Tripled oil tax seen as solution

Environmental groups and Democratic lawmakers are teaming up behind a bill that would triple the tax on petroleum and other toxic substances, raising $225 million a year to help close a state budget gap and pay for stormwater projects.

The proposal, which could raise gas prices by a few cents per gallon, builds on a toxics tax enacted by voters in 1988. It would raise $156 million in each of the first three years for the state’s deficit-riddled general fund while sending $45 million to cities and counties for stormwater projects. Smaller amounts would go to state transportation projects and other clean water programs.

In the long run, it would shift more of that cash flow to local projects that deal with Puget Sound pollutants and runoff problems tied to hazardous chemicals.

Oil refineries and other petroleum interests that pay 83 percent of the existing tax were gearing up for a fight Friday – even as Democratic Rep. Timm Ormsby of Spokane was putting finishing touches on the bill.

“We have some core services that are being impacted. I think this is a very elegant approach to do over time,” Ormsby said. “We relieve some of that immediate pressure on the operating budget, but eventually we dedicate virtually all of this revenue to stormwater pollution” remedies.

Ormsby said it is a clearer, more direct approach than a $1.50-per-barrel oil tax that he proposed last year, and he expects it to be introduced formally Monday.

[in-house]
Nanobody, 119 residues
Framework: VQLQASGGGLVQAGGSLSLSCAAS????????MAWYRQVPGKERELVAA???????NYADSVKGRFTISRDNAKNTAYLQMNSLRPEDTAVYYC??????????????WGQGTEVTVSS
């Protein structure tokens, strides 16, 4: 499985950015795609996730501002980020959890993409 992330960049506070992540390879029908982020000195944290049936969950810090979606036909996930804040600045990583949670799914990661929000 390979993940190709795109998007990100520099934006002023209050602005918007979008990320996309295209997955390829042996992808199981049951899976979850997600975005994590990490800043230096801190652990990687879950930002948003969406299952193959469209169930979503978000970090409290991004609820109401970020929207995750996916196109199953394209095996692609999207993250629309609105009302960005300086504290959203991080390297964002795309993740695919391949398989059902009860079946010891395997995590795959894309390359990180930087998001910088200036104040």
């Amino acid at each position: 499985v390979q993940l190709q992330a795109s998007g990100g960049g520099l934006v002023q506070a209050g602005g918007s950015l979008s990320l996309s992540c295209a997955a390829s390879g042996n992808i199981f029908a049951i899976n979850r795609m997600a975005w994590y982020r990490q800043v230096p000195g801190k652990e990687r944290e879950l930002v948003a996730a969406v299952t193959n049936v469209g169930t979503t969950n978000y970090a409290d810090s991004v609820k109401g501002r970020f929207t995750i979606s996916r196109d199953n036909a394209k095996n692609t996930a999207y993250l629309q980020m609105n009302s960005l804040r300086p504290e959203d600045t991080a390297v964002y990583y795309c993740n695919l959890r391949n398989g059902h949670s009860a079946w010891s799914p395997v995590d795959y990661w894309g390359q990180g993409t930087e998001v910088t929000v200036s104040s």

The idea is one of many tax proposals floating around the Capitol as majority Democrats look to plug a budget gap the governor now estimates at $2.2 billion.

Voters approved the 0.7 percent tax on hazardous materials as part of Initiative 97, and the tax rate has stayed the same since it took effect in 1989, according to the state Department of Revenue.

A raft of groups – the Washington Environmental Council, Washington Conservation Voters, the Washington State Labor Council, the state associations for cities and counties, and the State Building and Construction Trades Council – support the tax. Gov. Chris Gregoire was approached by lobbyists about it and agreed to look at it, said her legislative director, Mary Brown.

Brown said the concept appears to be “gaining a little speed.”

Environmental lobbyist Clifford Traisman said the tax would provide needed money for stormwater projects, create jobs and give relief to the state general fund.

But Dave Fisher, a spokesman with the oil industry and StopWaHiddenGasTaxes.com, said the state’s five oil refineries pay most of the existing tax. Tripling the tax rate from 0.7 percent to 2 percent would threaten some of the industry’s 20,000 direct and associated jobs in Washington if a parent oil company decided it was no longer viable to keep a refinery going, Fisher said.

Fisher said there would be plenty of money for stormwater projects if lawmakers had not raided those accounts to balance the budget. He said transfers of funds from the Model Toxic Control Act fund to other programs totaled $184 million in the past two budgets.

“Secondly, this is really a general fund bailout masquerading as an environmental action,” Fisher said.

Fisher also claimed it would raise gas prices by 6 cents a gallon, but Traisman disputed that claim, suggesting that in a worst-case scenario, the highest increase would be 3 cents.

Ormsby said that state Department of Revenue studies show prices fluctuate 16 cents per gallon each month, and there is no evidence to show that the toxics tax has affected fuel prices. Others say consumers won’t notice any effect on prices, and Ormsby said it would be up to oil companies whether they absorbed the costs from profits.

Brad Shannon: 360-753-1688